It was a spectacular weekend for South African women’s distance running, with athletes shining on the track and the road, both at home and abroad.
Though most athletes were still gaining momentum in the early stages of the season, it was potentially the end of the road for one of the country’s most accomplished stars.
While she remained typically stoic in her mild celebrations afterwards, tossing some flowers into the crowd before chatting candidly to the media, Semenya’s victory at the IAAF Diamond League season opener in Doha on Friday night drew support from around the world as the global athletics community bid the middle-distance sensation an indefinite farewell.
The world and Olympic Champion stormed home in 1:54.98 in a fitting swansong, finishing nearly three seconds ahead of the rest of the field in the women’s 800m race, just five days before new international gender regulations were set to come into effect which could see her sidelined from the sport for at least six months.
Again flaunting her impeccable consistency, Scott-Efurd booked her spot in the provisional national team for the IAAF World Championships in Doha in September.
The US-based athlete finished sixth in the women’s 10 000m race at the Payton Jordan Invitational meeting in California on Friday night, clocking 31:43.18 and clipping eight seconds off the personal best she set at the 2016 Rio Olympics.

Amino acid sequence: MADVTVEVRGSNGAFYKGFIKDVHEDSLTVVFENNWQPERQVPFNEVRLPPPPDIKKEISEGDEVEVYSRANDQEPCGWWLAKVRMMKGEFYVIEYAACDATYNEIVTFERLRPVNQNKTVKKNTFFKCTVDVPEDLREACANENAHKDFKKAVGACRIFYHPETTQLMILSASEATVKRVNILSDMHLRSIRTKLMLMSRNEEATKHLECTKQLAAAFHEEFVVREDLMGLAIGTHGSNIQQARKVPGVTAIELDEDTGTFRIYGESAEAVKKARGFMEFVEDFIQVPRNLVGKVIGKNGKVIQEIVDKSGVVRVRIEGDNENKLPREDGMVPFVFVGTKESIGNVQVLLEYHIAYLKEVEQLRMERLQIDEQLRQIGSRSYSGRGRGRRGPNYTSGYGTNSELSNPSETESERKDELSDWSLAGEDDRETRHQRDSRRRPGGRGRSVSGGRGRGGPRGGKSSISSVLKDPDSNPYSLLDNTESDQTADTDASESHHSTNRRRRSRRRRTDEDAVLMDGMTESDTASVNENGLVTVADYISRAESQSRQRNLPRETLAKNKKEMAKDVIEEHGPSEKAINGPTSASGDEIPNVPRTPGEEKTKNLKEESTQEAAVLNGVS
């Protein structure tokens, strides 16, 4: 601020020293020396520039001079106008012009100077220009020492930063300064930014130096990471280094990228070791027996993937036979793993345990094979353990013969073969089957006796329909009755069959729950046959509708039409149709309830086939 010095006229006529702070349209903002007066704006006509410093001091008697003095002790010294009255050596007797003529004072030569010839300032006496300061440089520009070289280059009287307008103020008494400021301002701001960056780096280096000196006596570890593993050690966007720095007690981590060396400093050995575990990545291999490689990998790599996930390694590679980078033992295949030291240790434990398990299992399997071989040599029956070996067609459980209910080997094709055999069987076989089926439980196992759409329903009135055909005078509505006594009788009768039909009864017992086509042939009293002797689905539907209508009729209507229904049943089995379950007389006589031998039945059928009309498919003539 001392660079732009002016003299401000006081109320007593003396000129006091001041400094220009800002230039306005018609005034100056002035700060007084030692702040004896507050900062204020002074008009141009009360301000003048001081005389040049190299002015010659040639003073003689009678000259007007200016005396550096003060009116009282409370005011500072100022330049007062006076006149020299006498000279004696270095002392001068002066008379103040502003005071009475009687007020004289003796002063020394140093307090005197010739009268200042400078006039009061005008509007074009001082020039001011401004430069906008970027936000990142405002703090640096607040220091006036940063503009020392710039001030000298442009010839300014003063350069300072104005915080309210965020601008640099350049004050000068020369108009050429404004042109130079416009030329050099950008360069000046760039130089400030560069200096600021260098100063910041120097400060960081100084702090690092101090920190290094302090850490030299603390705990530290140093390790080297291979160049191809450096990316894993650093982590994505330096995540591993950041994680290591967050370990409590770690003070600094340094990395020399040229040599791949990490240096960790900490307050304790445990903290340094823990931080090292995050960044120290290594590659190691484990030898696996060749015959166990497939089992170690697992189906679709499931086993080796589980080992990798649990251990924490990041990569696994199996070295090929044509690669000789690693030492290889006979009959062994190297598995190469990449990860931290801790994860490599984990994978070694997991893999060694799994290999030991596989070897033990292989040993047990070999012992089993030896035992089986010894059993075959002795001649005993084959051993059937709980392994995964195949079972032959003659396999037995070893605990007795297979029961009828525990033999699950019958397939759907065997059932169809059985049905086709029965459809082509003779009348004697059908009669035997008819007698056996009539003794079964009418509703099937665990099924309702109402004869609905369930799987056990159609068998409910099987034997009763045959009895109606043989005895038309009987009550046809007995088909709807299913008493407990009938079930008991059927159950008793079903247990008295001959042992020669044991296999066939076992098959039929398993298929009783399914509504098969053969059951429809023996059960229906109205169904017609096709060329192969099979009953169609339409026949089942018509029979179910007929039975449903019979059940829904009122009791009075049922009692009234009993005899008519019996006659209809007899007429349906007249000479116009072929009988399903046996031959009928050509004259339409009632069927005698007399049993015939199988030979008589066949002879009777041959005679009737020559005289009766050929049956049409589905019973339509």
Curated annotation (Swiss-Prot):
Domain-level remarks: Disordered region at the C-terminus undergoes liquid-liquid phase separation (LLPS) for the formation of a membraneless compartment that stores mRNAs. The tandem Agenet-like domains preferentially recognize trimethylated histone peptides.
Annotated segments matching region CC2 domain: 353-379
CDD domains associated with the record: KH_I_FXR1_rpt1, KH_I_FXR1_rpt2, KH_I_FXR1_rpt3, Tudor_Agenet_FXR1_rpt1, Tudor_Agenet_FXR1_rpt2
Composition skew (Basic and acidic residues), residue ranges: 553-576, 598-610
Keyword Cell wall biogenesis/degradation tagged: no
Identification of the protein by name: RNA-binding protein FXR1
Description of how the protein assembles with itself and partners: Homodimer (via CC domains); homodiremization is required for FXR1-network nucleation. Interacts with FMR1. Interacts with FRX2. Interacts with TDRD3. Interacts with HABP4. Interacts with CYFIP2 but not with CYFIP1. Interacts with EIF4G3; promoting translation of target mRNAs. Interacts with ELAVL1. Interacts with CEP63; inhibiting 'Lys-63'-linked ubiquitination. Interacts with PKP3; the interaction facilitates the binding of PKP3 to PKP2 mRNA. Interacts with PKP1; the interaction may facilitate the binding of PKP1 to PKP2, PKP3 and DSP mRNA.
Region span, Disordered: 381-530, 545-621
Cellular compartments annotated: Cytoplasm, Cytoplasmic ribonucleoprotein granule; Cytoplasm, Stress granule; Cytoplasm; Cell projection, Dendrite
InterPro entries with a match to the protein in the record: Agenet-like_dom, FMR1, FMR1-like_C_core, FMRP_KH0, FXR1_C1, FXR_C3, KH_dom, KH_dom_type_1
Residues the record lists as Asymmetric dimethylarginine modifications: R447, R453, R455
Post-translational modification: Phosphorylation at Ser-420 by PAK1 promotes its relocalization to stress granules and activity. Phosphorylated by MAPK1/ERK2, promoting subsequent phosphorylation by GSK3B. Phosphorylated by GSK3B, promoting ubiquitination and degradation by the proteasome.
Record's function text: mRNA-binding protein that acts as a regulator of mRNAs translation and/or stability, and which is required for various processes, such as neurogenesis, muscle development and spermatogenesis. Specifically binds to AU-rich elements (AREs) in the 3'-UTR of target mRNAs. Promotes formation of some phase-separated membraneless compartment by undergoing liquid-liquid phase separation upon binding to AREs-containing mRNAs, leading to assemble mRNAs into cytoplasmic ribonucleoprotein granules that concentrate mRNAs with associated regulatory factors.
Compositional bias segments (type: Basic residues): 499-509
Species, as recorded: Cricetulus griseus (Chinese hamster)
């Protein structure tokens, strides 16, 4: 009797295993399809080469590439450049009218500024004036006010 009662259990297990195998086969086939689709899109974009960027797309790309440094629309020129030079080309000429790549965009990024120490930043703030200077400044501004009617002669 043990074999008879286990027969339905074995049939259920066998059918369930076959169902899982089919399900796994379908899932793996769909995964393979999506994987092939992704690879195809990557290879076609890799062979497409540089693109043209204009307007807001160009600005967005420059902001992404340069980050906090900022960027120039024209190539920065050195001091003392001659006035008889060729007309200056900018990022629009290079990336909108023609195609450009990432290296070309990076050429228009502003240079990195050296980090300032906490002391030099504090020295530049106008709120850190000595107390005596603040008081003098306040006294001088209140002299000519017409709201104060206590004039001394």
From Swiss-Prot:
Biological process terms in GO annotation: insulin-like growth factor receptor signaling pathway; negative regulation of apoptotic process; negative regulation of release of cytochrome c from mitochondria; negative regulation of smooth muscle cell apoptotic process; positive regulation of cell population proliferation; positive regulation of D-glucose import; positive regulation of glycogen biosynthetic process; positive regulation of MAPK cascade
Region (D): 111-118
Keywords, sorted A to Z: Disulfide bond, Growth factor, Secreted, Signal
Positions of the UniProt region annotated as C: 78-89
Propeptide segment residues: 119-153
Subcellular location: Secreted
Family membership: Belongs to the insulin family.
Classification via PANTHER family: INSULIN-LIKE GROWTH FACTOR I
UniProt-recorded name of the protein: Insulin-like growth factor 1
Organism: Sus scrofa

Having dipped under the qualifying standard of 31:50.00, she should be on the start line at the global championships.
Irvette van Zyl
She wasn’t the best of the South African athletes in the final results – with that honour belonging to versatile compatriot Kesa Molotsane – but road specialist Irvette van Zyl delivered a memorable performance at the opening leg of the Spar Women’s Grand Prix 10km series in Port Elizabeth on Saturday.
Just two weeks after making her ultra-marathon debut at the 56km Old Mutual Two Oceans race in Cape Town, where she finished third, Van Zyl put up an early fight in the Windy City and held on to finish fifth in 33:39
Molotsane, meanwhile, produced a solid effort of her own to grab
Up front, Helalia Johannes won the race in a Namibian national record of 31:50, and 17-year-old Ethiopian athlete Tadu Teshome Nare finished second, crossing the line 48 seconds off the pace in one of the quickest 10km contests held on SA soil in recent years.